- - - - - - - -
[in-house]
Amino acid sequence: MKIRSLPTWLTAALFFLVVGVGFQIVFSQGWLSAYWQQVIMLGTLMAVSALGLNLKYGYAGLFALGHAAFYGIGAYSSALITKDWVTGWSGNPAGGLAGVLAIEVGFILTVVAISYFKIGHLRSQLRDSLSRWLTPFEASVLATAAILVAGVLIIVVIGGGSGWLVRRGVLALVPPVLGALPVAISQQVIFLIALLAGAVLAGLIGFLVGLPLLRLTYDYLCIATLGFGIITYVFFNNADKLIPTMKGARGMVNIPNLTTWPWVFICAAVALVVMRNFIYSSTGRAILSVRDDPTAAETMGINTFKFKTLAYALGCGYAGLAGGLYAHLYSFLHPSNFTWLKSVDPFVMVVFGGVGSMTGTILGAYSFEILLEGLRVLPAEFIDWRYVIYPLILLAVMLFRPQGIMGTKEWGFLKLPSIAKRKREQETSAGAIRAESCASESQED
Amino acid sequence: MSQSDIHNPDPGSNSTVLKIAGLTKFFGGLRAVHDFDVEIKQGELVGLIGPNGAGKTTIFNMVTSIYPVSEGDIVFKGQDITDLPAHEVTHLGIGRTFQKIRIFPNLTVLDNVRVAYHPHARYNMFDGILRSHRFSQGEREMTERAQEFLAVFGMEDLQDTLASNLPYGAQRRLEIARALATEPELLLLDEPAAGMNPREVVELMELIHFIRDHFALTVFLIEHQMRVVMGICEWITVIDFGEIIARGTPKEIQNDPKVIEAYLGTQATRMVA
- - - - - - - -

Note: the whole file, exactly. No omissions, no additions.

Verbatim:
[in-house]
Amino acid sequence: MKIRSLPTWLTAALFFLVVGVGFQIVFSQGWLSAYWQQVIMLGTLMAVSALGLNLKYGYAGLFALGHAAFYGIGAYSSALITKDWVTGWSGNPAGGLAGVLAIEVGFILTVVAISYFKIGHLRSQLRDSLSRWLTPFEASVLATAAILVAGVLIIVVIGGGSGWLVRRGVLALVPPVLGALPVAISQQVIFLIALLAGAVLAGLIGFLVGLPLLRLTYDYLCIATLGFGIITYVFFNNADKLIPTMKGARGMVNIPNLTTWPWVFICAAVALVVMRNFIYSSTGRAILSVRDDPTAAETMGINTFKFKTLAYALGCGYAGLAGGLYAHLYSFLHPSNFTWLKSVDPFVMVVFGGVGSMTGTILGAYSFEILLEGLRVLPAEFIDWRYVIYPLILLAVMLFRPQGIMGTKEWGFLKLPSIAKRKREQETSAGAIRAESCASESQED
Amino acid sequence: MSQSDIHNPDPGSNSTVLKIAGLTKFFGGLRAVHDFDVEIKQGELVGLIGPNGAGKTTIFNMVTSIYPVSEGDIVFKGQDITDLPAHEVTHLGIGRTFQKIRIFPNLTVLDNVRVAYHPHARYNMFDGILRSHRFSQGEREMTERAQEFLAVFGMEDLQDTLASNLPYGAQRRLEIARALATEPELLLLDEPAAGMNPREVVELMELIHFIRDHFALTVFLIEHQMRVVMGICEWITVIDFGEIIARGTPKEIQNDPKVIEAYLGTQATRMVA